Recently in Paris category:

Brie de Meaux

In summertime, I follow Parisians who’re making a mass exodus from the city. We scurry from the city, jamming crowded autoroutes and packing the train stations. The city offers few trees or shade, and the sunlight reflecting off the white buildings means little respite from the withering heat no matter how hard you look-and there’s only so much icy-cold rosé that I can drink! So…

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Le Verre Volé

If you plan on eating at Le Verre Volé (The Stolen Glass) be sure to call first and reserve a spot. It’s located just next to the Canal St. Martin, a trendy quarter of Paris, and there’s only seats for about 18 people or so. But unlike New York or San Francisco or Los Angeles, you could call that afternoon and likely get a spot….

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I’ve dedicated a healthy portion of my life walking the streets and boulevards of Paris to find grainy bread here. In a city where there’s a boulangerie on every corner, you can get excellent baguettes or a nice loaf of pain au levain just about anywhere. But it’s hard to find a loaf of bread with lots of seeds and stuff in it. Maybe it’s…

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If you live in the US and shop in supermarkets, usually there are just a few choices of yogurt, ranging from lots of mass-produced store brands to a few upscale organic selections. But visiting the yogurt aisle at the grocery store in France is always an exciting event for me. The choices just go on and on and on and on and on and on…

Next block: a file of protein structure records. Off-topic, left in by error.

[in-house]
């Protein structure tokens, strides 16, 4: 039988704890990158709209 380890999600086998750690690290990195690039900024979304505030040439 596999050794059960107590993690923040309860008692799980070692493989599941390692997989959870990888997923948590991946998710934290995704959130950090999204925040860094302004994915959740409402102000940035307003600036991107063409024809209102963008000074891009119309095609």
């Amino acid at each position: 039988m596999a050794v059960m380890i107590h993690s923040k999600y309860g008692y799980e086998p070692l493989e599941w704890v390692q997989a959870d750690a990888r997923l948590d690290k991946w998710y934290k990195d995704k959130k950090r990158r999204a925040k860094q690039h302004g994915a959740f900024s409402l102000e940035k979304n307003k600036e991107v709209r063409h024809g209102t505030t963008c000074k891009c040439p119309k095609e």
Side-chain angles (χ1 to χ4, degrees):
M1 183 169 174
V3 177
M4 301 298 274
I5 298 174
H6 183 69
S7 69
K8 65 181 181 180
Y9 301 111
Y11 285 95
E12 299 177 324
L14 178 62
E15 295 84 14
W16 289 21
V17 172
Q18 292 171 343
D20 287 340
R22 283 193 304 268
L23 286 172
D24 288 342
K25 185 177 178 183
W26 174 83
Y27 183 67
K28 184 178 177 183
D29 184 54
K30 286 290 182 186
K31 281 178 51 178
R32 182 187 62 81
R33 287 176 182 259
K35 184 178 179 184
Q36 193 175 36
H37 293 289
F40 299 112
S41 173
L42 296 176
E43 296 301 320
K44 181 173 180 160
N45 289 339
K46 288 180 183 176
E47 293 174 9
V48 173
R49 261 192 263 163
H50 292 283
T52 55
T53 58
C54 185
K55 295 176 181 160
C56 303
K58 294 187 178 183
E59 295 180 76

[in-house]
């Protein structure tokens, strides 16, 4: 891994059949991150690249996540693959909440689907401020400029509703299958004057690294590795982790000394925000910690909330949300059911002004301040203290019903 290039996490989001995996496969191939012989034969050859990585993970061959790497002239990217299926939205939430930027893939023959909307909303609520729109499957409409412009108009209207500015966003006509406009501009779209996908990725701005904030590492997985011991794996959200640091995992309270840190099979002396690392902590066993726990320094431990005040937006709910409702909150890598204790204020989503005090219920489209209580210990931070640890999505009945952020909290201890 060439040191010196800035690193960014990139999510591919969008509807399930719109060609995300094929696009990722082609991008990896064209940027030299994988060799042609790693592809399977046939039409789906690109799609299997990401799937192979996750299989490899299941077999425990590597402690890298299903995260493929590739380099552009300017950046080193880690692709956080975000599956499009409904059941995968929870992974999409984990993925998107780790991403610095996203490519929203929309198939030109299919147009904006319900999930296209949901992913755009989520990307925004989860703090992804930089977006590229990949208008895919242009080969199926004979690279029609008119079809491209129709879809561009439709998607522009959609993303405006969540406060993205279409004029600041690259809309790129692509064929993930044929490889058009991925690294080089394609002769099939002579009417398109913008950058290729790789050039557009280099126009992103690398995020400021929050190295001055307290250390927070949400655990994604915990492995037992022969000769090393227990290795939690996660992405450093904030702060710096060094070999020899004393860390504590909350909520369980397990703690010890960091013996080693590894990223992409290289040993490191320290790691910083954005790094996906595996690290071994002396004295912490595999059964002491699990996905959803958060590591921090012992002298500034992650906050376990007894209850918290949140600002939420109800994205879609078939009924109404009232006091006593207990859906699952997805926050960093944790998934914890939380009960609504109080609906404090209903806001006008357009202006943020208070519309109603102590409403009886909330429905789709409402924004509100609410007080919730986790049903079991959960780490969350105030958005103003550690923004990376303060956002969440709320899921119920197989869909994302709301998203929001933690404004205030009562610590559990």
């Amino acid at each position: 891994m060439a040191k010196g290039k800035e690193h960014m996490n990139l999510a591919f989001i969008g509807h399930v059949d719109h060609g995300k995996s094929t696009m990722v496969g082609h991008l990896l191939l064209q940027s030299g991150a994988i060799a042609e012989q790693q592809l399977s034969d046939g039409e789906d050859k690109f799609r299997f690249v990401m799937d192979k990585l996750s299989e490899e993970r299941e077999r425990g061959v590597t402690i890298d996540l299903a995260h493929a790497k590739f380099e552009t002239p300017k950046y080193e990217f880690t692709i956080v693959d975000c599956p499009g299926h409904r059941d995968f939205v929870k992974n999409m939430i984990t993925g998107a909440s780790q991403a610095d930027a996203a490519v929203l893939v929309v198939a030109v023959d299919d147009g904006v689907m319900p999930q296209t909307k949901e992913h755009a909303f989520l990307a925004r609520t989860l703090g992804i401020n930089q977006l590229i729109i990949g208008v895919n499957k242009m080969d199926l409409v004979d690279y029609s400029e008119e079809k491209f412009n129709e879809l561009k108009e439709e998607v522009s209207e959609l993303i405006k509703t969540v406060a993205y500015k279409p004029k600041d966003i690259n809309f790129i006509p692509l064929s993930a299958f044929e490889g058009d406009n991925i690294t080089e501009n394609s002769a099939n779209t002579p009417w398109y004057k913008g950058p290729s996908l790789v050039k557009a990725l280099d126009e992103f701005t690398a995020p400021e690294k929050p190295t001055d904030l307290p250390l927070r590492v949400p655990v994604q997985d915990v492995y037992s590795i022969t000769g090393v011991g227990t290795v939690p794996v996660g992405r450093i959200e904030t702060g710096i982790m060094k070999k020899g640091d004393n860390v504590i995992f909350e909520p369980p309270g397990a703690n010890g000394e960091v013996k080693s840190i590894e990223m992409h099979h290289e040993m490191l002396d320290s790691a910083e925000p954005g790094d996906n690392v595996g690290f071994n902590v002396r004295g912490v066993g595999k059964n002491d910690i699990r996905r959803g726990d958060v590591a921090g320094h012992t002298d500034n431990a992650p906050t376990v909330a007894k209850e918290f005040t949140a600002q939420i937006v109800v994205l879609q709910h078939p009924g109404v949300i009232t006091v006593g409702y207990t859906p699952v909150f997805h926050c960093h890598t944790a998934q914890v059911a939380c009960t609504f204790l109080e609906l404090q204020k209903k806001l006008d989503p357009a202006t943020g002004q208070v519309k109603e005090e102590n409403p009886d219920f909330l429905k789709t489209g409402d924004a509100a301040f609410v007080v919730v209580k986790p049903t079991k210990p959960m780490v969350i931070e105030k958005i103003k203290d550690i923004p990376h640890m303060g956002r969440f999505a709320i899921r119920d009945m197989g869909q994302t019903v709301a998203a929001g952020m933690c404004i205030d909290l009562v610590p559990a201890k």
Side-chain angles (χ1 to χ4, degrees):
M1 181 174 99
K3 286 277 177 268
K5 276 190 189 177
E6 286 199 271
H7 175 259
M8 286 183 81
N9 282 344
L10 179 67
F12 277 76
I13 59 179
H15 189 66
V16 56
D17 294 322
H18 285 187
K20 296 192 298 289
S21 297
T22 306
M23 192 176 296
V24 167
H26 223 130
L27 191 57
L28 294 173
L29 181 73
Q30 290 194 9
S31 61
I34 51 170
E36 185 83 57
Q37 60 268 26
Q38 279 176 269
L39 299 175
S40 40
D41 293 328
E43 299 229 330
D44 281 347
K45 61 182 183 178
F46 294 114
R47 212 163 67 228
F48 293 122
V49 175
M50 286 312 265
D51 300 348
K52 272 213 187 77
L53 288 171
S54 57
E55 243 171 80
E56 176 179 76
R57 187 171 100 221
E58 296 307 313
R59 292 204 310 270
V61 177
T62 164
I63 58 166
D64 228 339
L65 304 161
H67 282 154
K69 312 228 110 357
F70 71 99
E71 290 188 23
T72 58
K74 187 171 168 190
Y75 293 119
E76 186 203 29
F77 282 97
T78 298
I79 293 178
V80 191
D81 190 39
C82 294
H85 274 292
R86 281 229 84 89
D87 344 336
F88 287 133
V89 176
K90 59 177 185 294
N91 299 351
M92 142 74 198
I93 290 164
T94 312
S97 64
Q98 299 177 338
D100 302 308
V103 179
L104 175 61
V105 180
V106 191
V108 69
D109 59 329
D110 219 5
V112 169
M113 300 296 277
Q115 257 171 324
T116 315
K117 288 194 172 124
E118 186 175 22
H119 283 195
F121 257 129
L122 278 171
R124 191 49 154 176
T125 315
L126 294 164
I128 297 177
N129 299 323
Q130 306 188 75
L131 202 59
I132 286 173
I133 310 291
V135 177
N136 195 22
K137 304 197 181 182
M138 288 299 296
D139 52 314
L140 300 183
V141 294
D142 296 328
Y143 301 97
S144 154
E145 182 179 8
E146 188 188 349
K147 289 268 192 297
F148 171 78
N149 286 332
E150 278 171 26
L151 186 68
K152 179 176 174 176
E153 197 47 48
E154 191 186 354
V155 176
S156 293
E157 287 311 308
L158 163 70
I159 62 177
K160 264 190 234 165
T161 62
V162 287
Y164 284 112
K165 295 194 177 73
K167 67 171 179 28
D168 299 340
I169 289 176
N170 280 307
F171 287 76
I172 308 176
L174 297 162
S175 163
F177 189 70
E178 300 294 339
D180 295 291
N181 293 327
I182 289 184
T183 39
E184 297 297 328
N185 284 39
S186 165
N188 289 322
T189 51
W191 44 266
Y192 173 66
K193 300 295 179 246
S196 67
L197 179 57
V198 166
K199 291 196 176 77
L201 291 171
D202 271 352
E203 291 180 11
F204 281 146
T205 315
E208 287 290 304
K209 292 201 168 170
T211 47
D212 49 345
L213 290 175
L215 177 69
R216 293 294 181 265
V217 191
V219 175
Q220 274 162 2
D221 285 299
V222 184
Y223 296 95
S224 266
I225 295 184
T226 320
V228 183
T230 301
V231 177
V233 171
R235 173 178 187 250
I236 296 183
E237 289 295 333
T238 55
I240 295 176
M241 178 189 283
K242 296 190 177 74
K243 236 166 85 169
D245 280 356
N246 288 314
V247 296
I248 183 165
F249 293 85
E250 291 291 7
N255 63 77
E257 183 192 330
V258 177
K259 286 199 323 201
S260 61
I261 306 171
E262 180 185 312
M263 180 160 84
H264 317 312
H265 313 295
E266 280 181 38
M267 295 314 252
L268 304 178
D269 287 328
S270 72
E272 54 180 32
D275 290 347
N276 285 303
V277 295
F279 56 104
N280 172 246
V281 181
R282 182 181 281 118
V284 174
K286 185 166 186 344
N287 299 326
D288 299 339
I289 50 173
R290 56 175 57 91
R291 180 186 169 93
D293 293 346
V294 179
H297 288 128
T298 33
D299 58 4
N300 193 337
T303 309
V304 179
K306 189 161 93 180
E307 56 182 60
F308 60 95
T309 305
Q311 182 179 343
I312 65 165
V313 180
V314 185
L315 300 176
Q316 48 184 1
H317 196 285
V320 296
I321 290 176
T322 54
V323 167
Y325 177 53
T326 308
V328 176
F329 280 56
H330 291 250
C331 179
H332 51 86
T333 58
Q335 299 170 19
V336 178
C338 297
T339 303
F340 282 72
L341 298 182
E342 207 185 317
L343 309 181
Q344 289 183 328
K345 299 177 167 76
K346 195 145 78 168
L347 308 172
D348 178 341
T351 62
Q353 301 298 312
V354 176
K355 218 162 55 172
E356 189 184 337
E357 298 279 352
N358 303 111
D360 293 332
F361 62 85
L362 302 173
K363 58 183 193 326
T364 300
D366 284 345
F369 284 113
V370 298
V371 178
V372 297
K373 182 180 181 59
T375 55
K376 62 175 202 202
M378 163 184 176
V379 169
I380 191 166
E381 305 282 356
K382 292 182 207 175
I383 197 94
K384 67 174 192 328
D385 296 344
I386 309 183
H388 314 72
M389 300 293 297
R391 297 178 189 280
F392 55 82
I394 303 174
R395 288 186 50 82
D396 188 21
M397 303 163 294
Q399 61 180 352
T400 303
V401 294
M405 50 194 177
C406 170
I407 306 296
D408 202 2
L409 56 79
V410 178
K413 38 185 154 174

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Just in case anyone thinks that learning French is difficult, my French workbook offers this simple explanation of how to easily construct a phrase.

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Paris has some of the most amazing pastry and chocolate shops in the world! I’ve written up many of them and you can browse through my archives to find out more about them: Paris Pastry Shops. A recommended book for visitors is The Pâtisseries of Paris: A Paris Pastry Guide, which lists many favorites, along with addresses and specialties.

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A favorite quick-bite on the streets of Paris, at L’As du Fallafel. L’As du Fallafel is one of the few places where Parisians chow down on the street. Beginning with a fork, dig into warm pita bread stuffed with marinated crunchy cabbage, silky eggplant, sesame hoummous, and boules of chick-pea paste, crisp-fried fallafel. Spice it up with a dab of searingly-hot sauce piquante. L’As du…

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One of the great places for lunch in Paris is Cuisine au Bar (8, rue du Cherche-Midi), which has been touted as the French version of the sushi bar. The servers are welcoming and generous, and the tartines (open-faced sandwiches) are the most inventive and marvelous in all of Paris. A dedicated friend of mine lunches there every day. I met Pim for lunch, and…

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A friend of mine, another David L (who also worked at Chez Panisse with me and is now a chef in Switzerland) comes to visit me often, and it’s one of the few times I let someone else into my tiny kitchen. He’s a terrific cook, and perhaps the only person who is more picky about the way things should be in a kitchen than…

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